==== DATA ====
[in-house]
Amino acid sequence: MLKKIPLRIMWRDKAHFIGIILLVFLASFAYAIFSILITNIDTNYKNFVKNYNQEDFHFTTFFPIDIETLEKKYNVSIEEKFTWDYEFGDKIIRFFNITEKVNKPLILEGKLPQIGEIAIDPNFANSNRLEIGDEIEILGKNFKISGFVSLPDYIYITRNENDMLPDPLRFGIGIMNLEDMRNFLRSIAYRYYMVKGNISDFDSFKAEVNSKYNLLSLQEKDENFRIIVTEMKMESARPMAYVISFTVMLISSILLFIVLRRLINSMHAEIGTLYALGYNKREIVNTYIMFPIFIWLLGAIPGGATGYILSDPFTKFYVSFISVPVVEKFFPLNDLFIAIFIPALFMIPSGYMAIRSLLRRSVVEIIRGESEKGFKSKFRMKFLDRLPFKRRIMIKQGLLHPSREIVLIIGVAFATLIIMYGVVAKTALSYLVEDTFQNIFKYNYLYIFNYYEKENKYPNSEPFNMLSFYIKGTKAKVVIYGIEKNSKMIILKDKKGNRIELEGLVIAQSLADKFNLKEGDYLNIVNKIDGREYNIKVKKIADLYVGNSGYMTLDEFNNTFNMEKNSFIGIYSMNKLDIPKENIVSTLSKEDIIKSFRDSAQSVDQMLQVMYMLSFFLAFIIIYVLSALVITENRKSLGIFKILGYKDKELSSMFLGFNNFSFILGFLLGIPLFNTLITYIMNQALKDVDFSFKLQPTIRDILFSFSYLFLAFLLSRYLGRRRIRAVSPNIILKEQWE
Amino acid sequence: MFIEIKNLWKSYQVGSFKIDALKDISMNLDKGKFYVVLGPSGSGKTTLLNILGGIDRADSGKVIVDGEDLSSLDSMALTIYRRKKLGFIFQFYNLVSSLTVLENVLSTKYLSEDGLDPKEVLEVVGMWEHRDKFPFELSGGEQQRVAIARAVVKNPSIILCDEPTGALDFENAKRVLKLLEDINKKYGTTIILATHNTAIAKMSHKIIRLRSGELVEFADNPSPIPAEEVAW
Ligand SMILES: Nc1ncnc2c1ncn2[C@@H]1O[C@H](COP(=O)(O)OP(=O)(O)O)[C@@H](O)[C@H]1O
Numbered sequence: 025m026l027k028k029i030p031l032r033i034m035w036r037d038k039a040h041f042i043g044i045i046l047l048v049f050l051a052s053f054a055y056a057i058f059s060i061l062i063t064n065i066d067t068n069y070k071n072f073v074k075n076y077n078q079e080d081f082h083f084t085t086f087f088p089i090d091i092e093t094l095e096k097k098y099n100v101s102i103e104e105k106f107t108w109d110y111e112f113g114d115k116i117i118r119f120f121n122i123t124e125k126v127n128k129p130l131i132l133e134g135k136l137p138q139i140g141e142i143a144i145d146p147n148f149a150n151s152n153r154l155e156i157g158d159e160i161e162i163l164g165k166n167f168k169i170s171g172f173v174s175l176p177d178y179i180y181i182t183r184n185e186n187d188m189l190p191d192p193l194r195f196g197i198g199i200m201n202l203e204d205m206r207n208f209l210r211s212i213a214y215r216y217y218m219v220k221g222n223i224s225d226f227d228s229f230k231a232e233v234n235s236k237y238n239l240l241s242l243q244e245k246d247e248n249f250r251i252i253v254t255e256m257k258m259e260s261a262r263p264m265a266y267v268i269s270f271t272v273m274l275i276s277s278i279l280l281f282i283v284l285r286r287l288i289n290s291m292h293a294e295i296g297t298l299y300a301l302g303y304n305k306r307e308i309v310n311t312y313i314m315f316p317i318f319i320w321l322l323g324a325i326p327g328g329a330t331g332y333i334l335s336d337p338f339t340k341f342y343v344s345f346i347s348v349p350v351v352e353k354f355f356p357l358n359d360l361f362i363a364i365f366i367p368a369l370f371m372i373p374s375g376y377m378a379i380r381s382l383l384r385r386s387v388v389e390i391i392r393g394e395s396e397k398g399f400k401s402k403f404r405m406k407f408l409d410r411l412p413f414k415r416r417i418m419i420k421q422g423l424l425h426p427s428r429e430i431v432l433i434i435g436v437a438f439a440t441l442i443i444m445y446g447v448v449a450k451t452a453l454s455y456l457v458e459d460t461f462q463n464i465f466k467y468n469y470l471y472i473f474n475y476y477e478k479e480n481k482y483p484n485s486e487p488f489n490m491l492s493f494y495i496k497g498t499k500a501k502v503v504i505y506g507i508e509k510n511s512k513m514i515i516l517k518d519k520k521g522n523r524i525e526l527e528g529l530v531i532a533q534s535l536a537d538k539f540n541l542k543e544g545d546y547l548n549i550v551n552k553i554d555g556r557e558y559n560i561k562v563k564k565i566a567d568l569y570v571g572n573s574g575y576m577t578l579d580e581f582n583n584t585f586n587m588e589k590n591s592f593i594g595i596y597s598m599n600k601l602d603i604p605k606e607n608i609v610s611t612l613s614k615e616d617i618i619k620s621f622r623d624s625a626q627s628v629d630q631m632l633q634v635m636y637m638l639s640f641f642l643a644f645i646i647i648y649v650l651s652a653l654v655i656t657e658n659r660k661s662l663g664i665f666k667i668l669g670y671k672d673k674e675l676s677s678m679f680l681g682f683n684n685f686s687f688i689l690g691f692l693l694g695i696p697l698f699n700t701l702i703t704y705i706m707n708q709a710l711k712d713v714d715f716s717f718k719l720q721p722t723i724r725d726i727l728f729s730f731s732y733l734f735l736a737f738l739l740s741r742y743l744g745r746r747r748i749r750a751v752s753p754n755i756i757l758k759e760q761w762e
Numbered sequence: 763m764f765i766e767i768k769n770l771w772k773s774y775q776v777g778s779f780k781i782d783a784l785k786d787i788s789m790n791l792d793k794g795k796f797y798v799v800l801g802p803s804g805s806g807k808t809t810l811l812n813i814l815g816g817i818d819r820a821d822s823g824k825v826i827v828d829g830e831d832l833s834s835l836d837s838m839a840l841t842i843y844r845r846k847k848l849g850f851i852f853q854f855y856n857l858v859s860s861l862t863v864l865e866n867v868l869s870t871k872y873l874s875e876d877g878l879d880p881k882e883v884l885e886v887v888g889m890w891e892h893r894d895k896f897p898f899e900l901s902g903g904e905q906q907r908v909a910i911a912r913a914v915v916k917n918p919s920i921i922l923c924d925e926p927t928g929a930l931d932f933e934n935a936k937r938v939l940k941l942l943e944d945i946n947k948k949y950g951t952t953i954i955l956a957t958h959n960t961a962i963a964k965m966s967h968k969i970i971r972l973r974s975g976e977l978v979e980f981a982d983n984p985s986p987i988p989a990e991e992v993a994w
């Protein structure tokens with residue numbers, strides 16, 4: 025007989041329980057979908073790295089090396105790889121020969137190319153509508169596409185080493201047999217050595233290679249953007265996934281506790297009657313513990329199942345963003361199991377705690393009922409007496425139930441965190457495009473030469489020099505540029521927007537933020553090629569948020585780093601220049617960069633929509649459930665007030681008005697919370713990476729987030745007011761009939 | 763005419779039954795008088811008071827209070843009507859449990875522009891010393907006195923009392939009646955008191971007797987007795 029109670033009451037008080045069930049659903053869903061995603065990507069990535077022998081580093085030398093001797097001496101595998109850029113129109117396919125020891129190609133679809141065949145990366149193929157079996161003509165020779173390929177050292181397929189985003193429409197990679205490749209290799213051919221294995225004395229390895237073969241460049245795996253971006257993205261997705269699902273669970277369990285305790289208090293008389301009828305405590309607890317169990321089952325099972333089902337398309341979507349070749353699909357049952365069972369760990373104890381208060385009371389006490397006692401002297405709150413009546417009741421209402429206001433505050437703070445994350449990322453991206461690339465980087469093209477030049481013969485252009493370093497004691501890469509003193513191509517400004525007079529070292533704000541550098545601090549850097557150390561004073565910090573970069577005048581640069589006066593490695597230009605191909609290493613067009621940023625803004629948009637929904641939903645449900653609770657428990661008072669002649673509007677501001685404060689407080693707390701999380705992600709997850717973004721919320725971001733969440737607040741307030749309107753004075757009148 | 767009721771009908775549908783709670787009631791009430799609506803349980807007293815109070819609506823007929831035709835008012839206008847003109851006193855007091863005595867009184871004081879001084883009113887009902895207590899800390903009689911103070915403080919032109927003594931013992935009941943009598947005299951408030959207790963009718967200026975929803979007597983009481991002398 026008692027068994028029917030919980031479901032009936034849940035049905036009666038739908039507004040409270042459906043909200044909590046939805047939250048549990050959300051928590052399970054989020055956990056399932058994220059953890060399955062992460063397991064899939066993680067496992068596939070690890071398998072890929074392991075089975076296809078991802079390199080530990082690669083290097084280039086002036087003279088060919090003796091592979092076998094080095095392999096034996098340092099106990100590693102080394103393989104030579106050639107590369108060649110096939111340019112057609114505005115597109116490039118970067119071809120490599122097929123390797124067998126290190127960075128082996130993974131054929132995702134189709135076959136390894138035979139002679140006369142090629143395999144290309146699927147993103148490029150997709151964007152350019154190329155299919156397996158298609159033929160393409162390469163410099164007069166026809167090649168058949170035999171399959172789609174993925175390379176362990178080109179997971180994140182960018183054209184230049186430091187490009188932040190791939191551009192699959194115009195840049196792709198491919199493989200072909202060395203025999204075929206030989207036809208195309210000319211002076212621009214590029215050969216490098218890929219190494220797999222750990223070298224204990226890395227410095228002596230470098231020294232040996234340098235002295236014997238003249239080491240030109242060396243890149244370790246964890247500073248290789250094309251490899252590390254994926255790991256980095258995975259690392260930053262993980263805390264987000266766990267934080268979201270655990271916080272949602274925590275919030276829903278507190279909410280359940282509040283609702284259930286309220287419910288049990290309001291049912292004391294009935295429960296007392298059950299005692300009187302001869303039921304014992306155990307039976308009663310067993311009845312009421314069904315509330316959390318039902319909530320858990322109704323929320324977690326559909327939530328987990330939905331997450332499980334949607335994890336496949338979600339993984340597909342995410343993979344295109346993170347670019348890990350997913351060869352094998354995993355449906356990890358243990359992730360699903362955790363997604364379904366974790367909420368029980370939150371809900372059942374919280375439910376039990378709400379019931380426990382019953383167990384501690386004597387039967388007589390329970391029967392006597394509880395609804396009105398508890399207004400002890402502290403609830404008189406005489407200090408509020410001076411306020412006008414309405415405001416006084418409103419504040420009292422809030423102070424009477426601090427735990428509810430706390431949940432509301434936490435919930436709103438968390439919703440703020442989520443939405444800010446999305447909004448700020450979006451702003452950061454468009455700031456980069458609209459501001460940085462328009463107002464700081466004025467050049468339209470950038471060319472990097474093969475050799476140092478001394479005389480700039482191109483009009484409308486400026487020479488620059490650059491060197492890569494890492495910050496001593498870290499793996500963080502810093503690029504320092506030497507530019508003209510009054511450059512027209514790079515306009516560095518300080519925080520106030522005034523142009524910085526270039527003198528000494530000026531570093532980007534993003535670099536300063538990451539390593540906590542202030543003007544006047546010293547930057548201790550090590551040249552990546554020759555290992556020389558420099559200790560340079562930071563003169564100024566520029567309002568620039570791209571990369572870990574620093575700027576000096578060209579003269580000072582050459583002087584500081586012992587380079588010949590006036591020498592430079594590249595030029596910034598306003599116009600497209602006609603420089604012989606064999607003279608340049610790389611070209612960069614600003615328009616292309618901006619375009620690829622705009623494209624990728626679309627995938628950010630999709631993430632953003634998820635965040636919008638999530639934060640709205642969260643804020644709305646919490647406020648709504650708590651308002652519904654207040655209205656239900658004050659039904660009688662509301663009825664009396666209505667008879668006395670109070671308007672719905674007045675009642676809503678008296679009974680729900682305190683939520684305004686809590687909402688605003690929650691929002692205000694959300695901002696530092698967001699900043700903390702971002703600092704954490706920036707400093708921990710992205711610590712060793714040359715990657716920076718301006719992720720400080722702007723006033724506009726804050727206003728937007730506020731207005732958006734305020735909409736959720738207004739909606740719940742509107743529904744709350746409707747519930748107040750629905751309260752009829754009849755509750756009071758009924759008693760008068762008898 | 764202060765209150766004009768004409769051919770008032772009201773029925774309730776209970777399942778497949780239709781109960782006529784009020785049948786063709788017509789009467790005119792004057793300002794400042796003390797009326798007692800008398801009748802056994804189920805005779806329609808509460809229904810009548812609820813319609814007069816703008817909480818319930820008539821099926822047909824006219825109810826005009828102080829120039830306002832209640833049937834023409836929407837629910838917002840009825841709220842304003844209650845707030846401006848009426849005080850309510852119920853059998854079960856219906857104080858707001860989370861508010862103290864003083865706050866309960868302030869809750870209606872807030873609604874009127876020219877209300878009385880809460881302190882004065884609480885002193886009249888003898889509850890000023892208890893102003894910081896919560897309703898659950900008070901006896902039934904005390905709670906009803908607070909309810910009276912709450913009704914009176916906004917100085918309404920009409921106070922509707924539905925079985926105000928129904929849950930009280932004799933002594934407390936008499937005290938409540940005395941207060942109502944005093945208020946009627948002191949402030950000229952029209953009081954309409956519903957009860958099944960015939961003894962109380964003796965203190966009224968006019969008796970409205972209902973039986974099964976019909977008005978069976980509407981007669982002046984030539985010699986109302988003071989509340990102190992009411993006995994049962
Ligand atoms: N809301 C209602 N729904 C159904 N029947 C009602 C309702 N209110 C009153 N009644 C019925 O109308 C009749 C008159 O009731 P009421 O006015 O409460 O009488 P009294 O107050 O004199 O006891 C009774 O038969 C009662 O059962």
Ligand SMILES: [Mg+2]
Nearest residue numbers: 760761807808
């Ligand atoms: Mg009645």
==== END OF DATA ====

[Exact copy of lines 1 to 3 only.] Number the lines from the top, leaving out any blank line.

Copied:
[in-house]
Amino acid sequence: MLKKIPLRIMWRDKAHFIGIILLVFLASFAYAIFSILITNIDTNYKNFVKNYNQEDFHFTTFFPIDIETLEKKYNVSIEEKFTWDYEFGDKIIRFFNITEKVNKPLILEGKLPQIGEIAIDPNFANSNRLEIGDEIEILGKNFKISGFVSLPDYIYITRNENDMLPDPLRFGIGIMNLEDMRNFLRSIAYRYYMVKGNISDFDSFKAEVNSKYNLLSLQEKDENFRIIVTEMKMESARPMAYVISFTVMLISSILLFIVLRRLINSMHAEIGTLYALGYNKREIVNTYIMFPIFIWLLGAIPGGATGYILSDPFTKFYVSFISVPVVEKFFPLNDLFIAIFIPALFMIPSGYMAIRSLLRRSVVEIIRGESEKGFKSKFRMKFLDRLPFKRRIMIKQGLLHPSREIVLIIGVAFATLIIMYGVVAKTALSYLVEDTFQNIFKYNYLYIFNYYEKENKYPNSEPFNMLSFYIKGTKAKVVIYGIEKNSKMIILKDKKGNRIELEGLVIAQSLADKFNLKEGDYLNIVNKIDGREYNIKVKKIADLYVGNSGYMTLDEFNNTFNMEKNSFIGIYSMNKLDIPKENIVSTLSKEDIIKSFRDSAQSVDQMLQVMYMLSFFLAFIIIYVLSALVITENRKSLGIFKILGYKDKELSSMFLGFNNFSFILGFLLGIPLFNTLITYIMNQALKDVDFSFKLQPTIRDILFSFSYLFLAFLLSRYLGRRRIRAVSPNIILKEQWE
Amino acid sequence: MFIEIKNLWKSYQVGSFKIDALKDISMNLDKGKFYVVLGPSGSGKTTLLNILGGIDRADSGKVIVDGEDLSSLDSMALTIYRRKKLGFIFQFYNLVSSLTVLENVLSTKYLSEDGLDPKEVLEVVGMWEHRDKFPFELSGGEQQRVAIARAVVKNPSIILCDEPTGALDFENAKRVLKLLEDINKKYGTTIILATHNTAIAKMSHKIIRLRSGELVEFADNPSPIPAEEVAW